When in 1868, the 22-year old Nobin Chandra Das created the spongy rashogolla by cooking the chenna balls in sugar syrup, little did he know that his sweetened cottage cheese wonders would bring about such a massive revolution in the food map of India. Across the national frontiers too, Rasgulla or roshogolla stands tall as one of the most renowned Indian sweetmeats ever produced. What is so special about the sweet you ask? Perhaps its melt-in-the-mouth quality or its spongy texture, but if you ask food experts, many would agree that it was for its ingenious use of chenna or channa (split milk).
While chenna-based sweetmeats became a rage and got the eastern part of the country hooked, somewhere in the west an ingenious mind came up with the idea of using these chenna balls in a spicy curry and come up with 'Rasgulle ki Sabzi'! Yes, you heard us right - a 'subzi' made of your favourite spongy rasgullas. In the arid regions of Rajasthan, particularly Jodhpur, innovative curries like Rasgulle ki sabzi and Gulab Jamun ki sabzi are some of the popular main course dishes. The name does draw your attention to it, but these are not sweet dishes or desserts. Fried balls of chenna are cooked in a tangy and creamy gravy to get an absolutely lip-smacking delight. Rajasthan and its spicy preparations need no introduction, be it the spicy gate ki sabzi, laal maas or daal baati churma. Rajasthani food is often dominated by dry spices, daals and dairy products like milk, cream and butter. All of the delicacies originating from this dry-arid region used the available resources in the most innovative ways. Rasgulle ki sabzi too is a dry, thick gravy made of chenna balls and goes best with any roti/chapatti/ naan or rice. While this dish is not widely available anymore, some smaller eateries that specialise in traditional Rajasthani dishes might be able to rustle some up for you.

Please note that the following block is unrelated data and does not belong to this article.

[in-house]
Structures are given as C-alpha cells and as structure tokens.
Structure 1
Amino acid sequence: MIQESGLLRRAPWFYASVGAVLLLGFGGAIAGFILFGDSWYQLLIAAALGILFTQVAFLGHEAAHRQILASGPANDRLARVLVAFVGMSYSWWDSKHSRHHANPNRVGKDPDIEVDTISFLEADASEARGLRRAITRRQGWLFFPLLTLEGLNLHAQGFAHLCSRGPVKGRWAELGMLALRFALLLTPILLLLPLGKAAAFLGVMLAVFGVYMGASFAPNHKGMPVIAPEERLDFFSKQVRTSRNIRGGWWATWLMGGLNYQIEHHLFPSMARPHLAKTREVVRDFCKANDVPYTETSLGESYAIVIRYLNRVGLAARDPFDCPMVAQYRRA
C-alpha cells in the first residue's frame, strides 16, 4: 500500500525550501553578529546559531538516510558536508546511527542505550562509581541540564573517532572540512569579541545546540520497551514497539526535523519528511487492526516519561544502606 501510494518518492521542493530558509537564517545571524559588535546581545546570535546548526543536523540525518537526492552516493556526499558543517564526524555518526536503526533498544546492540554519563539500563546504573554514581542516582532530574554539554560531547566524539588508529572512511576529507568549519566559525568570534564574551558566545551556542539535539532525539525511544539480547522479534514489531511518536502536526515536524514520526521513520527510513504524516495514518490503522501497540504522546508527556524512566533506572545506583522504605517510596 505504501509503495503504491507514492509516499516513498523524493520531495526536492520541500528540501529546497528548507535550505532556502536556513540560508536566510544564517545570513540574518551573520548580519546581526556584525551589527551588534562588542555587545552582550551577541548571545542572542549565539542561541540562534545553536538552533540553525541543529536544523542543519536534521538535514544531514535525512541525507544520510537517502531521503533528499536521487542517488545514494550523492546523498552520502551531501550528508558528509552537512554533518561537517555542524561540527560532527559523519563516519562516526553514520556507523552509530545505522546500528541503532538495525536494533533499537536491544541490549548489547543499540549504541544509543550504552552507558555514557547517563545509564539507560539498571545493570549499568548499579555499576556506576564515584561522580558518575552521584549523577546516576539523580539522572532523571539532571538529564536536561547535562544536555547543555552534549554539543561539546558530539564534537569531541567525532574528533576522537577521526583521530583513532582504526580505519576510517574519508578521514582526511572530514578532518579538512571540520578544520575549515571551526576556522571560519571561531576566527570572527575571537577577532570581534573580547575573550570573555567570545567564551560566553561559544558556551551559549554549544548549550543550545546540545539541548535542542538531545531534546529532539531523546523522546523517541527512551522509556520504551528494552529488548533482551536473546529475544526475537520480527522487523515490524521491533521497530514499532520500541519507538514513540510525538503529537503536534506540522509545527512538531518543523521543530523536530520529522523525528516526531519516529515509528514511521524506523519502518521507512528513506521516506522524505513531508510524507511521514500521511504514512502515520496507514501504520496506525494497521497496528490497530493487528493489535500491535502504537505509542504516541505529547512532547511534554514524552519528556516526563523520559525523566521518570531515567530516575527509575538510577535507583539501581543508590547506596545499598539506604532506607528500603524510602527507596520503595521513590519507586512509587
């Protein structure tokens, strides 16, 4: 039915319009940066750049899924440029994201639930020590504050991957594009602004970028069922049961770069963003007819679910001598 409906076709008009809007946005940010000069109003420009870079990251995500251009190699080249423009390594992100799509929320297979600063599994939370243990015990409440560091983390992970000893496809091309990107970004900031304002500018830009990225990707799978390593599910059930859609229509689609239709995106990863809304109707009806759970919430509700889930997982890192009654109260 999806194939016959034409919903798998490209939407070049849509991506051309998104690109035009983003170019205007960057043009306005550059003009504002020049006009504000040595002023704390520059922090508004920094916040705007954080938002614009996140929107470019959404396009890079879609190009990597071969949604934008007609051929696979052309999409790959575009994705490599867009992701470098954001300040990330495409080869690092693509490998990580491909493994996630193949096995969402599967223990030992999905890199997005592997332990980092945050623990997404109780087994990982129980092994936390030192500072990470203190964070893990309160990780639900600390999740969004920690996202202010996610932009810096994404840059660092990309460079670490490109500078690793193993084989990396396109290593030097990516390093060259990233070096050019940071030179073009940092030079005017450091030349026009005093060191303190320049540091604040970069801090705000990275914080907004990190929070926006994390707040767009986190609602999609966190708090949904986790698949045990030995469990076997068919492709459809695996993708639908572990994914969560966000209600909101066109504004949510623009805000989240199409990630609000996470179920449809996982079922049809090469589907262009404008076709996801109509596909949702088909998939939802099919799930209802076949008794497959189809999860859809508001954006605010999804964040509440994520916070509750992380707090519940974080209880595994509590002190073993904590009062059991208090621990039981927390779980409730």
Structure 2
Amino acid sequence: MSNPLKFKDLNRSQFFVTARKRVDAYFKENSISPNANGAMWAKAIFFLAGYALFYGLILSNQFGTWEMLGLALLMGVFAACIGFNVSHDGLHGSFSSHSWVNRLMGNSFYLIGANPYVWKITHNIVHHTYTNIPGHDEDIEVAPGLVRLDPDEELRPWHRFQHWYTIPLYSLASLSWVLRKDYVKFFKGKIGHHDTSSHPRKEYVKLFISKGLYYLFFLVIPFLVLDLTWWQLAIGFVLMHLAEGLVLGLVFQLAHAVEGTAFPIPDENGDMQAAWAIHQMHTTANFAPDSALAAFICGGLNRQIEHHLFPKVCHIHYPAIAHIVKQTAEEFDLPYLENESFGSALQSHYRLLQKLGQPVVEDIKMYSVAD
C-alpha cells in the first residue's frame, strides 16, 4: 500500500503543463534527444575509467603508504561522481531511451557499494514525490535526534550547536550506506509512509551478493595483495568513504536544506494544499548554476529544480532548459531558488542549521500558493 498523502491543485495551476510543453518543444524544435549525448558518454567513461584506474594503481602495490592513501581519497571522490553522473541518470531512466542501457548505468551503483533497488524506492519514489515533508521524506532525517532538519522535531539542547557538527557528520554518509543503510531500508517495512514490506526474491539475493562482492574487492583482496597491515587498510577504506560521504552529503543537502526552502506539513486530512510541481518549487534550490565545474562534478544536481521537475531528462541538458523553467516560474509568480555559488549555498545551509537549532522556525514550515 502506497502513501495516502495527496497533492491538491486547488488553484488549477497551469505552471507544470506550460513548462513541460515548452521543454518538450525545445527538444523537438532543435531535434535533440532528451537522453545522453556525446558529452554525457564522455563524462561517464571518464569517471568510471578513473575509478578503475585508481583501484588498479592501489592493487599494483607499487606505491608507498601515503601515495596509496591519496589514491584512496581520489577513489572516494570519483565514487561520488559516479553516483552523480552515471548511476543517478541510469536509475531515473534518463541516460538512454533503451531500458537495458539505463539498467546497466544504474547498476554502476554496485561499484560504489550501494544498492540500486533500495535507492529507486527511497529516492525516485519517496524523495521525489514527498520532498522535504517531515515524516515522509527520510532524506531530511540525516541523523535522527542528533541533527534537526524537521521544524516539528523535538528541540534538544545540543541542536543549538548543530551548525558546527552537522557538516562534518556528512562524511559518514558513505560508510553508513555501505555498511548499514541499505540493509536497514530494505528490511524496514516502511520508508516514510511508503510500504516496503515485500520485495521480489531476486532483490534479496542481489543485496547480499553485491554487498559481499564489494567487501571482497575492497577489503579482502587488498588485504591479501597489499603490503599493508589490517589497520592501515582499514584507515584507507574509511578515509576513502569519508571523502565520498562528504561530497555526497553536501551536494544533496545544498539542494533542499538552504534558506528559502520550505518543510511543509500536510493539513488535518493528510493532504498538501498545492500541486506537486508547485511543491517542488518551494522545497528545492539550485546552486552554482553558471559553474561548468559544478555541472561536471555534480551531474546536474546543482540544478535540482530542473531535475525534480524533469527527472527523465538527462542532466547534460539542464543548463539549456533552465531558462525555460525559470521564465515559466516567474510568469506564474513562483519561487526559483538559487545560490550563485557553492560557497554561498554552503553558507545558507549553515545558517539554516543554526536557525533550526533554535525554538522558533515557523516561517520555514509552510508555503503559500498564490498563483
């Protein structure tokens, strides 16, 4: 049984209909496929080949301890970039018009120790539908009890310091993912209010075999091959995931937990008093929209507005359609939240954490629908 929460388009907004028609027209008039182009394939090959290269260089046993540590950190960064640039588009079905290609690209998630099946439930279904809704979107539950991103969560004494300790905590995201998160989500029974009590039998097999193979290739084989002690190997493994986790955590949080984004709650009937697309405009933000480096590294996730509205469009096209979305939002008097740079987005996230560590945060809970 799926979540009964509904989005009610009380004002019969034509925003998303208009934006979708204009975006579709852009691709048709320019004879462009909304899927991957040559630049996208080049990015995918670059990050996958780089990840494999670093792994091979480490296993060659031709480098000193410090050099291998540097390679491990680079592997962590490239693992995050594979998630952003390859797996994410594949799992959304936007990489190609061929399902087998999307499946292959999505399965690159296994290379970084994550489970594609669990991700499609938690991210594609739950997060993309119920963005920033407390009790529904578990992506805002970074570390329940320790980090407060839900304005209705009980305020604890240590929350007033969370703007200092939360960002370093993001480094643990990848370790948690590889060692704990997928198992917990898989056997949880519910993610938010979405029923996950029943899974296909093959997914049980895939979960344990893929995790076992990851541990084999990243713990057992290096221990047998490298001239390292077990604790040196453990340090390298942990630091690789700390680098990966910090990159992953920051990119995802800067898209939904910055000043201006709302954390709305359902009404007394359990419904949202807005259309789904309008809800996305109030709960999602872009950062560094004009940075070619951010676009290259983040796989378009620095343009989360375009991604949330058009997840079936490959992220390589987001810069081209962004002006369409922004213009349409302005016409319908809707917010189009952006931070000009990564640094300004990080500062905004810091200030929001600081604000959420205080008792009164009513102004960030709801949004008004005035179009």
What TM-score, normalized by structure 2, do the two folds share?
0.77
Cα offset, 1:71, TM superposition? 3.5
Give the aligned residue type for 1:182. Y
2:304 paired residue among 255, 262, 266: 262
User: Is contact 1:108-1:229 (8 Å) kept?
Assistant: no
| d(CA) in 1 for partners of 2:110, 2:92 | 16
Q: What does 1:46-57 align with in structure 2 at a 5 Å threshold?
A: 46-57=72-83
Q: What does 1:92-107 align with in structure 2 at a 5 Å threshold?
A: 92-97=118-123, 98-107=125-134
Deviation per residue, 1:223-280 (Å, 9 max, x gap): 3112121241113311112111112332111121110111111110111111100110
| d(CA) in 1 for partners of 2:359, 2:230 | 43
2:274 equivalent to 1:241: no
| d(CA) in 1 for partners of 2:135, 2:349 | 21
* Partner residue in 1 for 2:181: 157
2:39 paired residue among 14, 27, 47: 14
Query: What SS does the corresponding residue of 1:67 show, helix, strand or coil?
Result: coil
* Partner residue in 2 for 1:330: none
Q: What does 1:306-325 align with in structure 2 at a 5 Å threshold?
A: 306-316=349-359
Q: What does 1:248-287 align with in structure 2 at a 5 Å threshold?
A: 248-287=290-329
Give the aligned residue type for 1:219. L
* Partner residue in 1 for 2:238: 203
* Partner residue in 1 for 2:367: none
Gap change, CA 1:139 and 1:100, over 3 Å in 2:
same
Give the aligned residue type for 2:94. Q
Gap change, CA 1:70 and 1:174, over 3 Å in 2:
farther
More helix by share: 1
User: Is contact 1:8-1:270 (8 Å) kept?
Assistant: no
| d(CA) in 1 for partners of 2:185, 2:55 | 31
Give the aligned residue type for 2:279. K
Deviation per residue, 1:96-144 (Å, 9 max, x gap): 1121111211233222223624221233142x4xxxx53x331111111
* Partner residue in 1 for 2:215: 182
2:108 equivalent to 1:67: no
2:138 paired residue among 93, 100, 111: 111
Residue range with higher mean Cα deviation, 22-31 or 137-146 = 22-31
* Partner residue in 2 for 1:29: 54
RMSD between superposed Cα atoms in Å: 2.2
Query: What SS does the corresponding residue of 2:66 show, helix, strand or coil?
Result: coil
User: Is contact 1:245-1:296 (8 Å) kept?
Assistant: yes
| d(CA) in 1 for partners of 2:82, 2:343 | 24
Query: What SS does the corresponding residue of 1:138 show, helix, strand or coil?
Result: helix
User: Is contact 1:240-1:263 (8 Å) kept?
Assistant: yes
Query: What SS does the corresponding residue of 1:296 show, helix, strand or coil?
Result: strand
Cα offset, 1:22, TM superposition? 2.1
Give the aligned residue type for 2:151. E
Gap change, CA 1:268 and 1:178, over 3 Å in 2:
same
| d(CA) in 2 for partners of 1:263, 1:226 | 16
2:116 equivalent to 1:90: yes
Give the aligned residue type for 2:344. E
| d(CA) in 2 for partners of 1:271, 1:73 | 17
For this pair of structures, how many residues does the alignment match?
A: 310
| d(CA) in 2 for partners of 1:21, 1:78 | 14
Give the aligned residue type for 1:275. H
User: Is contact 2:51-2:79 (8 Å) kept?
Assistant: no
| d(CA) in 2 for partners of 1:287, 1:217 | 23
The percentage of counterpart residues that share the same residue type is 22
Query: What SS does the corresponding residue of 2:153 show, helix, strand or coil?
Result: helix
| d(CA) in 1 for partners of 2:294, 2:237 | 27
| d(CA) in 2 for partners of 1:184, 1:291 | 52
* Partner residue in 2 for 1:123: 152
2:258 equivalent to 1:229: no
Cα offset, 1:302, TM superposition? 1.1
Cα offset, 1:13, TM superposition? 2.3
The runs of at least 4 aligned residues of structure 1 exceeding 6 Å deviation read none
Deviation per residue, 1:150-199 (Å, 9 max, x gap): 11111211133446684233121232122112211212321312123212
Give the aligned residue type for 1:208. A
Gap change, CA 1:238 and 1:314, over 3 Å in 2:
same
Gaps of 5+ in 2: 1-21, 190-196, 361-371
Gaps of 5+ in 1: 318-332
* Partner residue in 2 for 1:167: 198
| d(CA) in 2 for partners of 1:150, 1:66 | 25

Using channa or chenna as an ingredient has had a bitter-sweet trail of its own in the history of Indian cooking . Renowned food historian KT Achaya explains in his book, 'A Historical Dictionary of Indian Food' defines channa as "Acidification of milk. Either deliberately or through spoilage, yields channa as a precipitate. However, an Aryan taboo on the 'deliberate breaking of milk' meant that this was not favoured food item. When the Portuguese who had settled in Calcutta in the early nineteenth century needed cottage cheese, which is similarly made, Bengali sweetmeat makers found themselves with a new raw material, channa or chenna on which they could lavish their creative energies, to produce a profusion of sweets. "
Here is a recipe of Rasgulle ki Sabzi by youtuber(Something's Cooking With Alpa) and food blogger Alpa Munjal you can try at home. Do tell us how it turns out.
About Sushmita SenguptaSharing a strong penchant for food, Sushmita loves all things good, cheesy and greasy. Her other favourite pastime activities other than discussing food includes, reading, watching movies and binge-watching TV shows.